Michael Crichton, James Patterson and Jeffrey Archer can step away from the keyboards for awhile--the next great political thriller featuring espionage, computer hacking, blackmail and maybe even a little sex will be written by reporters at the New York Times, the Washington Post and on Politico.com. And, unfortunately, it's not going to be a work of fiction.
Chapter One was written last week, as the National Security Advisor is forced to quit his job just a few weeks in after those reporters learn that he was in contact with foreign officials while still a private citizen--and then flat-out lying about it. The Advisor resigns in shame--and the ball is set in motion for the "discovery" of more nefarious backroom dealings.
Chapter Two appears in the newspapers today--as we find out the FBI has documents showing continuous contact between high-ranking officials in the new President's former campaign staff and foreign intelligence officers in the months leading up to the election. Right now, our writers can only speculate as to what those conversations may have entailed--and who initiated those contacts.
Chapter Three is likely a flashback to that heated campaign, where the President's opponent is badly hurt by emails that her campaign manager allowed to be accessed from his account. We learn a little bit more about how the initial hacking attack took place--and then we follow the complicated paths by which the information made its way back to the West--and onto the internet.
In Chapter Four, things start to get serious, as the connection to the foreign intelligence operatives moves inside the White House itself. A close senior advisor is discovered to be compromised. His termination comes quickly--but that is not enough. Now Congress wants an investigation. The President appoints an "independent investigator"--but when that probe starts hitting a little too close to home, he (or she) is canned as well. Now Congressional hearings begin, high ranking officials close to the President are subpoenaed--but plead the Fifth and refuse to testify.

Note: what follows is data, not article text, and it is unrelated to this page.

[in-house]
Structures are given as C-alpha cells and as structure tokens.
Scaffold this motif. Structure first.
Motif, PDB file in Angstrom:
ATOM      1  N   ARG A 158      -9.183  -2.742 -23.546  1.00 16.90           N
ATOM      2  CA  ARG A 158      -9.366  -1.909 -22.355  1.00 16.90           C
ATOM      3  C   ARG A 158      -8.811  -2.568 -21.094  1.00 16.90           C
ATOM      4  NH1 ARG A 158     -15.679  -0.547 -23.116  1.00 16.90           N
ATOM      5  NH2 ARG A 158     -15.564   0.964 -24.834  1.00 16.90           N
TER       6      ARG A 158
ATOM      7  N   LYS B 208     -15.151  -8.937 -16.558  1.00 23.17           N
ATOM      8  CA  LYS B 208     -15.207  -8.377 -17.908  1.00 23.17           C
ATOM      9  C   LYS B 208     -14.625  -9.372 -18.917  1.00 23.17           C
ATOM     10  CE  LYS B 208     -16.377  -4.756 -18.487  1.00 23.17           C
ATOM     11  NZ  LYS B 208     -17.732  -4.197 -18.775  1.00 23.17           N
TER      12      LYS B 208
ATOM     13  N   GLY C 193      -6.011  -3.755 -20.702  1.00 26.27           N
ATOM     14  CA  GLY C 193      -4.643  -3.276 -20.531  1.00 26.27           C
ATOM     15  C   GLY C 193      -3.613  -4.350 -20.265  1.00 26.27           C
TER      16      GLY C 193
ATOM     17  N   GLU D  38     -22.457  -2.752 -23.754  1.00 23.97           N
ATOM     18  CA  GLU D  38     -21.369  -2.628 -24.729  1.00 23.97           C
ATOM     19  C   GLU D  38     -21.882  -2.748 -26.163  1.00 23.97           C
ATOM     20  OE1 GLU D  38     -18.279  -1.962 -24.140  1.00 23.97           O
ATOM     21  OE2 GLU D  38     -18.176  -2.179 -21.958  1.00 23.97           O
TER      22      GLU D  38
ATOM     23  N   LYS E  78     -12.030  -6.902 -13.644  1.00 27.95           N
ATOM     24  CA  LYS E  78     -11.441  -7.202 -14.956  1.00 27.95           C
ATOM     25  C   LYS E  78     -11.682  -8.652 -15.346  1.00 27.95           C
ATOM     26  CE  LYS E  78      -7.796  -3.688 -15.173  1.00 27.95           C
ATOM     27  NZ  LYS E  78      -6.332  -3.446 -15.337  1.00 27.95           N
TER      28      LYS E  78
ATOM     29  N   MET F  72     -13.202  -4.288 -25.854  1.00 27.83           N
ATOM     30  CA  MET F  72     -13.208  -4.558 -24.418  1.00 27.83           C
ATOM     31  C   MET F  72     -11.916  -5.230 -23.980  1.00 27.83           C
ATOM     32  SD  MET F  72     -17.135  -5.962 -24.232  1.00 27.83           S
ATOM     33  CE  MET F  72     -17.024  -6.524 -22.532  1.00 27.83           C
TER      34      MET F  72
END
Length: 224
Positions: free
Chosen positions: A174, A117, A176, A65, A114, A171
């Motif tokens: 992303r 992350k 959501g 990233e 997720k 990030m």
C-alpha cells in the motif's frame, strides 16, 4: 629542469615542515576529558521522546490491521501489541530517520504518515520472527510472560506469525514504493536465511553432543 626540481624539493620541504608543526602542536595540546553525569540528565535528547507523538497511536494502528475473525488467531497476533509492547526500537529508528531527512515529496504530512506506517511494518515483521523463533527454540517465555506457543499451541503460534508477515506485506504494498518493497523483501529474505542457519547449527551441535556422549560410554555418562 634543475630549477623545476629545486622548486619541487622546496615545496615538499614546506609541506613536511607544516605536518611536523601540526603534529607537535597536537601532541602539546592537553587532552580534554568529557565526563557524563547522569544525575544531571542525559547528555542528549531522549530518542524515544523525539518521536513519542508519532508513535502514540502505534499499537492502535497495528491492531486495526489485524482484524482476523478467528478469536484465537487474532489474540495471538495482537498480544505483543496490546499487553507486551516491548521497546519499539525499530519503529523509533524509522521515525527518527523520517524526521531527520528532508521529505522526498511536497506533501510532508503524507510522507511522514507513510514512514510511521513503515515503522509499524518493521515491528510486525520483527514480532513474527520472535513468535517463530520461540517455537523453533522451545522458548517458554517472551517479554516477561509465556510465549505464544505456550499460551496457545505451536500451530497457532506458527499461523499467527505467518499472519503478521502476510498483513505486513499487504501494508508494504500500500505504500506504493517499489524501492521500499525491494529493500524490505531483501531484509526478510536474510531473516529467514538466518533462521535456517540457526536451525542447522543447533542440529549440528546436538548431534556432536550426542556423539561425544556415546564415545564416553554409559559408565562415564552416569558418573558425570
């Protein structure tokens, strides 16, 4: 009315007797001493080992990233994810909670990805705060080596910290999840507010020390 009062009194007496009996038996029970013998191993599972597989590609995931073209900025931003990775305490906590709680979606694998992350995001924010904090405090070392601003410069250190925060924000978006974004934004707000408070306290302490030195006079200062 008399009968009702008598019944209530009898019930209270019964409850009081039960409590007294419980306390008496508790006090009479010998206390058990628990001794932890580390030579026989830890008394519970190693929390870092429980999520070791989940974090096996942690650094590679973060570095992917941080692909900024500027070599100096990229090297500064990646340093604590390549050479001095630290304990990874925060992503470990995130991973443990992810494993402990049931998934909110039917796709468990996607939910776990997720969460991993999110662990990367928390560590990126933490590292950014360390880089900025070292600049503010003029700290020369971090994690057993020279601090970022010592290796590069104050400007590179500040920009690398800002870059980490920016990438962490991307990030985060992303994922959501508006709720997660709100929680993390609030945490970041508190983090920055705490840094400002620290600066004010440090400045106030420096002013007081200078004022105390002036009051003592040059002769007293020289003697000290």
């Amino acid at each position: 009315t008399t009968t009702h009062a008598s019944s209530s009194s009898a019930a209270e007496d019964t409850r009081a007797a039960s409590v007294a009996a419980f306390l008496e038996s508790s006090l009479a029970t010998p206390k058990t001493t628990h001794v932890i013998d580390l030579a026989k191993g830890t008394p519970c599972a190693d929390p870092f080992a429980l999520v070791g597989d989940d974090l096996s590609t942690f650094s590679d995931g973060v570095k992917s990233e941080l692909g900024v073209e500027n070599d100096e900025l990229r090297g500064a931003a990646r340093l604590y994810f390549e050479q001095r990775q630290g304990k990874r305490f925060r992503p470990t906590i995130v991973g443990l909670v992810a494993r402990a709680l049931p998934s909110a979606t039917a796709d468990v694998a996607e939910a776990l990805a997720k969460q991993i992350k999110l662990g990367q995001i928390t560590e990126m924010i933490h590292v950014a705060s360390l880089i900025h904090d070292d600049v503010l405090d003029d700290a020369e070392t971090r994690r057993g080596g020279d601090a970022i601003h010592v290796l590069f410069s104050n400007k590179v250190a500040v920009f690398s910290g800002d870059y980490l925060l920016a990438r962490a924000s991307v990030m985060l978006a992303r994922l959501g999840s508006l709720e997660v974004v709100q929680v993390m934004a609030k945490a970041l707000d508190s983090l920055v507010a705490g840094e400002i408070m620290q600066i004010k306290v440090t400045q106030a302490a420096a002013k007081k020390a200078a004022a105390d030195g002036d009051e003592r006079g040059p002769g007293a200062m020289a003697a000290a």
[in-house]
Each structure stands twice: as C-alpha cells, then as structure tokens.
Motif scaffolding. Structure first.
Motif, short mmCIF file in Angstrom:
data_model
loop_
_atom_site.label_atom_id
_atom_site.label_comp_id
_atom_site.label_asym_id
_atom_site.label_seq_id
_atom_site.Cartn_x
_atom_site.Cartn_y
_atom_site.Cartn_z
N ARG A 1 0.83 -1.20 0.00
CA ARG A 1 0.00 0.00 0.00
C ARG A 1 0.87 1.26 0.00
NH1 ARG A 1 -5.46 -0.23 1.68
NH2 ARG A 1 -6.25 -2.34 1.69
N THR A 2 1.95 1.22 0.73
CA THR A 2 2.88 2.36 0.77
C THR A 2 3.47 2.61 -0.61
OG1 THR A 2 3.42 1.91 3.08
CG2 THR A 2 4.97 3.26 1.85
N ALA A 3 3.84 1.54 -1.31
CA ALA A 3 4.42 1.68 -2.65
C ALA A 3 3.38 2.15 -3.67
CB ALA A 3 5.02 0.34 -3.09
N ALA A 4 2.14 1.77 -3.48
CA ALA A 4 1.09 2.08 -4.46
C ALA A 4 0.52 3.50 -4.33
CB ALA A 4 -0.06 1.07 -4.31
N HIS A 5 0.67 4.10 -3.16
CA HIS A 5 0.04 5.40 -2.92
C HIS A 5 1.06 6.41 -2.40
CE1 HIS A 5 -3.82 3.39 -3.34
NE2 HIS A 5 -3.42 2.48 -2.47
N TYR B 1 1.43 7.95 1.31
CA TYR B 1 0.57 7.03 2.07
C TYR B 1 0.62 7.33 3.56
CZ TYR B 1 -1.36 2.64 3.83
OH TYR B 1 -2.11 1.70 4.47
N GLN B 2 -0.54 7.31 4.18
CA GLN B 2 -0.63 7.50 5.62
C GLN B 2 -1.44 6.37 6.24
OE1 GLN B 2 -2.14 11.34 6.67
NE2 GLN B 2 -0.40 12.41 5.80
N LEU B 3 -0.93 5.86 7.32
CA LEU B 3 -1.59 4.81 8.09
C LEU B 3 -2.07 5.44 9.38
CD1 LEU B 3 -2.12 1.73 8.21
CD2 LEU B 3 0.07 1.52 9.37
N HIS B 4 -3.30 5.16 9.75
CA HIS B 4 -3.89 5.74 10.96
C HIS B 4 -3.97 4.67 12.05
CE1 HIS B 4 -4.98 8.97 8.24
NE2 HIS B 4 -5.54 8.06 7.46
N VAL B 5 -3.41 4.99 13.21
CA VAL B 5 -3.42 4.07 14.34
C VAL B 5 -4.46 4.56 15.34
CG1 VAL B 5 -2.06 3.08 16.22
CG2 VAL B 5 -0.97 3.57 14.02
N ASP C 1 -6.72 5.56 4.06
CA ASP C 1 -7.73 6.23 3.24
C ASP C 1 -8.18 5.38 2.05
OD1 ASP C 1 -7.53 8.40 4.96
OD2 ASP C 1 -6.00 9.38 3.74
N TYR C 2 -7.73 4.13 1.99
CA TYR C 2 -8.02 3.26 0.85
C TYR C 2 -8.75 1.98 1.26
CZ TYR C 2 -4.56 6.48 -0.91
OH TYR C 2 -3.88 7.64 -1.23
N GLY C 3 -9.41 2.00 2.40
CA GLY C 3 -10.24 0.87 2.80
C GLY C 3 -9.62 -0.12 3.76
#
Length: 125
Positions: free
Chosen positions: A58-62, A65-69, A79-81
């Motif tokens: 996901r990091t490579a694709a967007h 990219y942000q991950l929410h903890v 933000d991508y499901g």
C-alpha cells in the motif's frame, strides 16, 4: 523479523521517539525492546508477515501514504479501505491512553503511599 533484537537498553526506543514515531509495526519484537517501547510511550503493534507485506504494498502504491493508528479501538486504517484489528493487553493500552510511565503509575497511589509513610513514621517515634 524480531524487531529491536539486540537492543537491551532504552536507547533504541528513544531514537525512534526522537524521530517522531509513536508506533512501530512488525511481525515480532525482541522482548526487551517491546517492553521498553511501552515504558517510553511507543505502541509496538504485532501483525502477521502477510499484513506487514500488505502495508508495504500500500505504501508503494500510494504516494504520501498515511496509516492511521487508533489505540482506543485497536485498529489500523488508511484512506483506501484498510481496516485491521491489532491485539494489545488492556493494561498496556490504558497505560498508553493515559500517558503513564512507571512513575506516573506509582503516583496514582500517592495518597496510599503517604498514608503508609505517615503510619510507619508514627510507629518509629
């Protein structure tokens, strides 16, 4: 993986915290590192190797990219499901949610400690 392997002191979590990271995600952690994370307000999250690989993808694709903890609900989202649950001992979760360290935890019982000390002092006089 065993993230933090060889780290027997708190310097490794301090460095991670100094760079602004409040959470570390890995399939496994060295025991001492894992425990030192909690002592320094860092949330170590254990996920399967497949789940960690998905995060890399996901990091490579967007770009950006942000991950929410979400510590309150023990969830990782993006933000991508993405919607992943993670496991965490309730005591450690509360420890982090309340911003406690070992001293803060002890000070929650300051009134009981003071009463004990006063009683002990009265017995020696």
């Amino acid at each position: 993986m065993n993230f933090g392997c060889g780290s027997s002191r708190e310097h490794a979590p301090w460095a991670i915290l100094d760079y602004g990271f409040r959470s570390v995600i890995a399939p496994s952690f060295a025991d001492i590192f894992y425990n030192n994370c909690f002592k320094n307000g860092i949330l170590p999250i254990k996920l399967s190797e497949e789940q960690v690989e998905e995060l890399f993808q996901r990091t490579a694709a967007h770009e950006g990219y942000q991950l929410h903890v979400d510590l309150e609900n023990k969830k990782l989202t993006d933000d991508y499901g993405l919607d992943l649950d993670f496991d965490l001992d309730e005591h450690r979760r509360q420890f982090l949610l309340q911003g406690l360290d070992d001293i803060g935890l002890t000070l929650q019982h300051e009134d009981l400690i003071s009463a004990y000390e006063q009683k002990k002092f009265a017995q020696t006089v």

Chapter Five brings in a national crisis. Even the most-ardent supporters of the President can no longer publicly support him. Protests are daily occurrences across the country. Rumors swirl of military leaders ready to act unilaterally to protect US interests from this external threat--as the motives of the Commander and Chief cannot be known or trusted. And just when it seems the tension can't get any thicker......
Well, I don't want to spoil the ending here--so we will just all have to wait for those chapters to be written. In the meantime, let's make sure the First Lady isn't showing the President any Queen of Diamond playing cards.